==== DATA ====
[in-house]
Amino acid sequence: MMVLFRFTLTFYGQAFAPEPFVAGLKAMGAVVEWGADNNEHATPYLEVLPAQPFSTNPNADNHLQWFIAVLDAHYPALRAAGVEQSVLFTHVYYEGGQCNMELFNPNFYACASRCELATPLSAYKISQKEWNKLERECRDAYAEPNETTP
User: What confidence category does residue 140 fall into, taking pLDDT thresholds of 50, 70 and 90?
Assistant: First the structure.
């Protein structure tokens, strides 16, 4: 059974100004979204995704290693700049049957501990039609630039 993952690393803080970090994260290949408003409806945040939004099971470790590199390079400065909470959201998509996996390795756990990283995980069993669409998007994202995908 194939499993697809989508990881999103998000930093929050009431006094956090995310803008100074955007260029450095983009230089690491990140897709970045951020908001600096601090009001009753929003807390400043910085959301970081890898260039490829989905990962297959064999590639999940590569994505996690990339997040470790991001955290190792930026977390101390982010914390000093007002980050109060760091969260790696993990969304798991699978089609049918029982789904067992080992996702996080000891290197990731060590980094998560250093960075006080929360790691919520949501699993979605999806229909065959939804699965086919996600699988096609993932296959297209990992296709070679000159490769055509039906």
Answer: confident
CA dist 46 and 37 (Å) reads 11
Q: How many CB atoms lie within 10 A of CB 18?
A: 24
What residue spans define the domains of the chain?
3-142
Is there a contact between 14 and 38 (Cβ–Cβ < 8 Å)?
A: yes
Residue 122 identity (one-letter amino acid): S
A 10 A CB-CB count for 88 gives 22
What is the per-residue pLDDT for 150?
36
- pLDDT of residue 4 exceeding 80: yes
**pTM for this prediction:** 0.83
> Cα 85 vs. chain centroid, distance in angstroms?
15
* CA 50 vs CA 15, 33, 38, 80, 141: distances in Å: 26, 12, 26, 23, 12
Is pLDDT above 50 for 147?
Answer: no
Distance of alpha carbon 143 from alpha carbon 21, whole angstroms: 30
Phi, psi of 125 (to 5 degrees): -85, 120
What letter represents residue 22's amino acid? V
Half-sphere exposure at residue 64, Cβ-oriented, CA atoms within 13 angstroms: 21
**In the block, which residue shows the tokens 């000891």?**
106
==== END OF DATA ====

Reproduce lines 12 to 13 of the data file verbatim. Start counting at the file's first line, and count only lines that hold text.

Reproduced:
Is there a contact between 14 and 38 (Cβ–Cβ < 8 Å)?
A: yes